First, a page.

Steel’s part in NZ’s most sophisticated office tower

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The $200 million Deloitte Centre at 80 Queen Street Auckland will open in October 2009.
It is a brilliant junction between old and new, blending modern architecture with the historic 1930s street frontage of the Jean Batten Building.

The scale of the 21-level tower, its sophisticated green technology and ingenious use of steel beam construction make it a New Zealand first.
The Deloitte Centre is a great example of how steel offers significant benefits in modern construction, particularly in city sites. The use of steel beams solved time and site constraints, and was the flexible choice in achieving the architectural vision — creatively, technically and practically.

Nick Clements of Steltech Structural Ltd explains: “With steel you can produce a much slimmer structure than concrete columns and beams, so it allows more floor space and a lighter feel to the whole structure.

“It also reduces the overall mass of the building, which reduces the size and cost of the foundations required. It is faster to erect, as there is no requirement for formwork or the time to cure concrete.
“Much of the steel fabrication is done off site so it reduces the manpower and time on site, making for a safer, smoother flowing work site.”

A major construction issue was the need to ensure the building fitted with the facade of the historical Jean Batten Building. The old building’s stud height remains 2.7m yet sophisticated ceiling services have been installed through custom-made welded steel beams.

Modern multi-storey buildings tend to have greater heights between floors due to the need for installing air conditioning and other services. With traditional construction methods the services would have to pass under the floor beams, but with welded steel beams the designer can pass services through the beam webs, saving this height.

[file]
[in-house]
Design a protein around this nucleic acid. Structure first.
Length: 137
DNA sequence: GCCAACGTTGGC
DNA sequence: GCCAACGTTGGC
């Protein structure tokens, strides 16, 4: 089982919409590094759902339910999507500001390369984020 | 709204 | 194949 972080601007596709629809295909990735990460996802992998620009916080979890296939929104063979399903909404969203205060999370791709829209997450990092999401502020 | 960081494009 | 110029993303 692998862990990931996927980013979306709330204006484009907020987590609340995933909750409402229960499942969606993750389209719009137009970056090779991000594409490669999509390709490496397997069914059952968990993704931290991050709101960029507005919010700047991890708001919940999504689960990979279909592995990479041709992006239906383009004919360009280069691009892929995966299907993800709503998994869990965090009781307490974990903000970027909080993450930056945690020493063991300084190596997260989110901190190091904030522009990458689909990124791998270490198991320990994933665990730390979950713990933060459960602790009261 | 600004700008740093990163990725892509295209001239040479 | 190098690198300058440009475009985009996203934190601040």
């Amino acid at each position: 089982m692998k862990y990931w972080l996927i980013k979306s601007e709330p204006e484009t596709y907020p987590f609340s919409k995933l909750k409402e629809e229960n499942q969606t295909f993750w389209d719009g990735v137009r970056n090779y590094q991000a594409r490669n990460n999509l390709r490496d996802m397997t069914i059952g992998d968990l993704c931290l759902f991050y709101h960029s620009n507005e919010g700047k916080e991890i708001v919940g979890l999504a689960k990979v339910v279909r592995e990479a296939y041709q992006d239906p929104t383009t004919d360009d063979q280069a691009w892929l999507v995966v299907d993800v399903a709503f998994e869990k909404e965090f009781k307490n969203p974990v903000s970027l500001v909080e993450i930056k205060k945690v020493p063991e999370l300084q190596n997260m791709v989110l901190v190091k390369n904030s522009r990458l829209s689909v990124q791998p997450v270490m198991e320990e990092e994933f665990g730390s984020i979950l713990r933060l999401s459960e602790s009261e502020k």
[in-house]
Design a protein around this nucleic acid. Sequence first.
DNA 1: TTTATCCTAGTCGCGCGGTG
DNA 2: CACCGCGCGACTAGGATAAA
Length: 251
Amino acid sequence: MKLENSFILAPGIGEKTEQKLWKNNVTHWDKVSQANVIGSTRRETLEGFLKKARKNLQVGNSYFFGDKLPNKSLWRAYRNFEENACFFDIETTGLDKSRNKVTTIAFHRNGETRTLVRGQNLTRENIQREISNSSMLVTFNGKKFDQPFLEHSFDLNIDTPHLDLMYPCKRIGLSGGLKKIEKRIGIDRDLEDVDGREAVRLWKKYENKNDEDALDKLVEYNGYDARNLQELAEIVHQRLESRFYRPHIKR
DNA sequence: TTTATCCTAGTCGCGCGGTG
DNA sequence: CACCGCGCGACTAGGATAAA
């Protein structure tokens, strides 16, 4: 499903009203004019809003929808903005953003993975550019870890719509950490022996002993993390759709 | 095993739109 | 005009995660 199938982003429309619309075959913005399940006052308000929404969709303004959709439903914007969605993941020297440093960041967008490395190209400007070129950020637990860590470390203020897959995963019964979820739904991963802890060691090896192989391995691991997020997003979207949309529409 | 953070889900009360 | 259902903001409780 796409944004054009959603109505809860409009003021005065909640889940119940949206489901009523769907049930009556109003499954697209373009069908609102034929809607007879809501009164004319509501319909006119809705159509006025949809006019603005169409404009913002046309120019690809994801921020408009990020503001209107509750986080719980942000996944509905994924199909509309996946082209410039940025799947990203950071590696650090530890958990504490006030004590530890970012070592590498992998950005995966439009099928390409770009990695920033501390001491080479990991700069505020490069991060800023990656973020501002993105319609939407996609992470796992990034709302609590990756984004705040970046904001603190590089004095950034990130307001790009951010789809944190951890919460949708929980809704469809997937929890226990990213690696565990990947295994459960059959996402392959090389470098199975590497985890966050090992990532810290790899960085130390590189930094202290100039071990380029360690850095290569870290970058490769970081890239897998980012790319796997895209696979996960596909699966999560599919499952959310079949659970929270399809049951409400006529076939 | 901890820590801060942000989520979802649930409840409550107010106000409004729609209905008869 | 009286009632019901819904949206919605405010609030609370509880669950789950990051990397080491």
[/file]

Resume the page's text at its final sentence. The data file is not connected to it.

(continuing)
Significant use of cut-outs in the beam webs meant all the services tucked neatly in the ceiling space with large ducts going right through big beams.
Steltech worked closely with the fabricators, D&H Steel Construction.

“The fabricator supplied us with electronic files for each different beam design that we fed through to our CNC profile-cutting machine to cut the holes,” Mr Clements says.
“Designers can now push how they use steel by thinking outside the square on how welded beams can be made to almost any shape or size, and with holes pretty much wherever they want them.”

Possibly the most powerful first impression to all who enter The Deloitte Centre is a result of the dramatic steel cantilever in the foyer. The long spanning capability of steel enables the creation of large and graceful areas of unobstructed space in multi-storey buildings.

Here the effect is extraordinary. The architects, local firm Warren & Mahoney and international company Wood Bagot, have achieved their goal of a stunning urban frontage.
“The glazed canopy on Queen Street not only provides shelter to the footpath along the building boundary, but is also a striking element at the main entrance. The primary structure consists of a 900mm deep steel box beam, which is 42 metres long.

“At the main entrance the dramatic box beam cantilevers a total of 12 metres. The glazing is supported off 14 large polished stainless steel arms which, in turn, hold the canopy’s stainless steel spider fixings,” according to Warren & Mahoney architect Richard Voss.

The whole building is based on pushing design boundaries from conventional to very modern, with the lowest possible environmental impact.
As a result, The Deloitte Centre is a smart and efficient building worthy of its 5 Star Green Star rating from the Green Building Council.

The double ventilated façade on Queen Street is part of the project’s “Green” objectives. As Mr Voss explains, it reduces the solar gain on the west-facing façade by virtue of the stack effect. The warm air rises in the 600mm-wide glazed cavity to outlets at high level.

Computational Fluid Dynamic (CFD) modelling was undertaken to predict the air movement speeds and heat patterns within the double ventilated façade. It will efficiently keep the tower warmer in winter and cooler in summer.

Another green feature is the harvesting of rain water from the building. This will be used to flush the toilets. Also, upper level interiors have 2.9m studs, reducing the need for artificial lighting.

Overall, The Deloitte Centre shows how steel construction offers new solutions and opportunities for architects to cost-effectively expand their artistic expression and meet today’s challenges for inspiring, smart, efficient, safe buildings.

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